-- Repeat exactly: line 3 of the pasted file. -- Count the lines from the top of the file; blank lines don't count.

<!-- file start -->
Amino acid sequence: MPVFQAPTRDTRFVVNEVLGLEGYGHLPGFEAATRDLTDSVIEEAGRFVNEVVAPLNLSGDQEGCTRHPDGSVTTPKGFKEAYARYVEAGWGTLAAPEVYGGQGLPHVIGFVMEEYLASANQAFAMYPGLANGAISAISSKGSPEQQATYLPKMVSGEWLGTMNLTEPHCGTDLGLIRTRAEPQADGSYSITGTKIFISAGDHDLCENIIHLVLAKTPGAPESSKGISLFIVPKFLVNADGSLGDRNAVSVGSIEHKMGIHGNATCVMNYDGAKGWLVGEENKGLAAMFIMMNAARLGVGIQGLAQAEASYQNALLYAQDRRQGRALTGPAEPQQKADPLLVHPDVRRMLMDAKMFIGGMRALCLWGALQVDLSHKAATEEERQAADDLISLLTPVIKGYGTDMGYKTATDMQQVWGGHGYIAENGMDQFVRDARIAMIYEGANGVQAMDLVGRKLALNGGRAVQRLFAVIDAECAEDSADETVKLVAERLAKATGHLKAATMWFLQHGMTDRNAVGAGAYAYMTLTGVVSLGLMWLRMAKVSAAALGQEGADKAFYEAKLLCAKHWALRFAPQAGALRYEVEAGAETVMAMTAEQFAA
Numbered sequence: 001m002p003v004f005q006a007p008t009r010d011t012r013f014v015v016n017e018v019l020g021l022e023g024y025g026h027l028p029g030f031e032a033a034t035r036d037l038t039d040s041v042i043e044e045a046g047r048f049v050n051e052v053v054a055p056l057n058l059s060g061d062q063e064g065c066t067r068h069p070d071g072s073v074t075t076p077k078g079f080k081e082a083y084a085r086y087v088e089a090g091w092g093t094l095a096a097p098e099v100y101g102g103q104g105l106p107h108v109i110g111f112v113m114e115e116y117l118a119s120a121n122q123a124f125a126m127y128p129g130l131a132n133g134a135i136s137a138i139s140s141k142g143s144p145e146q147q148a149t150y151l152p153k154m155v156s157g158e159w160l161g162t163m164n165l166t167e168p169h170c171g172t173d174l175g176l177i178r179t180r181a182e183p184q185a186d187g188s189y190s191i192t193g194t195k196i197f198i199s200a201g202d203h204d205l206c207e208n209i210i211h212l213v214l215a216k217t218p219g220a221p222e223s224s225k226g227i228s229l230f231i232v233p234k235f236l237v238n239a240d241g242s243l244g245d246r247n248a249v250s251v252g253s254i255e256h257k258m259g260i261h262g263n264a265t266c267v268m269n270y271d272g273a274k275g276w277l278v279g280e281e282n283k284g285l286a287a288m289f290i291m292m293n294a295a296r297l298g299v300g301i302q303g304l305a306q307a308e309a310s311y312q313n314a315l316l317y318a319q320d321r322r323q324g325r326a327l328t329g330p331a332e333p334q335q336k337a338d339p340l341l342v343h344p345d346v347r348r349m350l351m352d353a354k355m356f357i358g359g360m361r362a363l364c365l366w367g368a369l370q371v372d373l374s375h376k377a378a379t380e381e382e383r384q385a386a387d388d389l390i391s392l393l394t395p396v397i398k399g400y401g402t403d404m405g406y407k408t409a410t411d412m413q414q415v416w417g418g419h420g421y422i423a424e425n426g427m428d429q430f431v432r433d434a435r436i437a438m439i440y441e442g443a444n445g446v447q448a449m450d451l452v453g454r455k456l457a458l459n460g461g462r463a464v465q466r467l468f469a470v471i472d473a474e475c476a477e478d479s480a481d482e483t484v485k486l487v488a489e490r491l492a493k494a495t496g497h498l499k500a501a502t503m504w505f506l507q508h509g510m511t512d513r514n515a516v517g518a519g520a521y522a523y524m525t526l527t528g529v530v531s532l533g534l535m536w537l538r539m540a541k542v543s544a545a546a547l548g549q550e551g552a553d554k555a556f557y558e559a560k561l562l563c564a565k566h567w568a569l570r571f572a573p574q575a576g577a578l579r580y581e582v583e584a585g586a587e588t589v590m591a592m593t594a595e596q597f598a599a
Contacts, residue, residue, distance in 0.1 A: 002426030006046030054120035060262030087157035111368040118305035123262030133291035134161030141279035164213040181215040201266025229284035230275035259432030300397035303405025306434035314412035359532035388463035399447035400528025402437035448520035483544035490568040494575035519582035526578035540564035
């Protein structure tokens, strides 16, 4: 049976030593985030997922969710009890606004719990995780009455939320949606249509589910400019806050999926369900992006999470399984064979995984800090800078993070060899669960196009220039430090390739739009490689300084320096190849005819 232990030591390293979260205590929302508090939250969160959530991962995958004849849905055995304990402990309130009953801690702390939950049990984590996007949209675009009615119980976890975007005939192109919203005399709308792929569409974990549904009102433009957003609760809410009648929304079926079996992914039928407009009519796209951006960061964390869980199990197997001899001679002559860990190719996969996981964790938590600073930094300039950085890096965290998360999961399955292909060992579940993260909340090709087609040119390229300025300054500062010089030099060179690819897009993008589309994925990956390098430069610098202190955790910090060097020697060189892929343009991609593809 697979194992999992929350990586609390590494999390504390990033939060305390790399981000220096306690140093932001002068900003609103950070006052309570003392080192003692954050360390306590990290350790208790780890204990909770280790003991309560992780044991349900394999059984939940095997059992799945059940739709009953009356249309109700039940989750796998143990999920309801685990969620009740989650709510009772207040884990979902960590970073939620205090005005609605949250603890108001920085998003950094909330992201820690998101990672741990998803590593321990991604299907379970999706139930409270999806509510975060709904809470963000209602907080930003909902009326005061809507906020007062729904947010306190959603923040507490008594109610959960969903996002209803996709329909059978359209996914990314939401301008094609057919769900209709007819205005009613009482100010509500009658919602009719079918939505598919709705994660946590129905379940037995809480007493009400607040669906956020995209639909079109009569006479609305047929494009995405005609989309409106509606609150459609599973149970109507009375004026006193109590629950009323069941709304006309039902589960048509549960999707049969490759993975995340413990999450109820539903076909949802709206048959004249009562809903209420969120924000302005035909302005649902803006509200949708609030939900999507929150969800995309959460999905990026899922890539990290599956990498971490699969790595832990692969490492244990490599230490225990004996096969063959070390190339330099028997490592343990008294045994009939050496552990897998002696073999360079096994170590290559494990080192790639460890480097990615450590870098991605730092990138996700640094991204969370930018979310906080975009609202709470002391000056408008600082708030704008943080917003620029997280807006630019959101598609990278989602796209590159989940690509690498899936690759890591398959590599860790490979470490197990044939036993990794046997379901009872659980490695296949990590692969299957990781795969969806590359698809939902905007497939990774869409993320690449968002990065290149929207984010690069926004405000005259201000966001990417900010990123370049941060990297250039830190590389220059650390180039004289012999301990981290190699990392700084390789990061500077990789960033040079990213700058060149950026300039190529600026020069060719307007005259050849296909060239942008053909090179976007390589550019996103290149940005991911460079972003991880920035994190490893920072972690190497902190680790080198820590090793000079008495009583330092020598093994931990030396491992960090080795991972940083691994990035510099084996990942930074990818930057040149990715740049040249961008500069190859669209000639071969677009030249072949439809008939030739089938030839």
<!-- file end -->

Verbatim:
Contacts, residue, residue, distance in 0.1 A: 002426030006046030054120035060262030087157035111368040118305035123262030133291035134161030141279035164213040181215040201266025229284035230275035259432030300397035303405025306434035314412035359532035388463035399447035400528025402437035448520035483544035490568040494575035519582035526578035540564035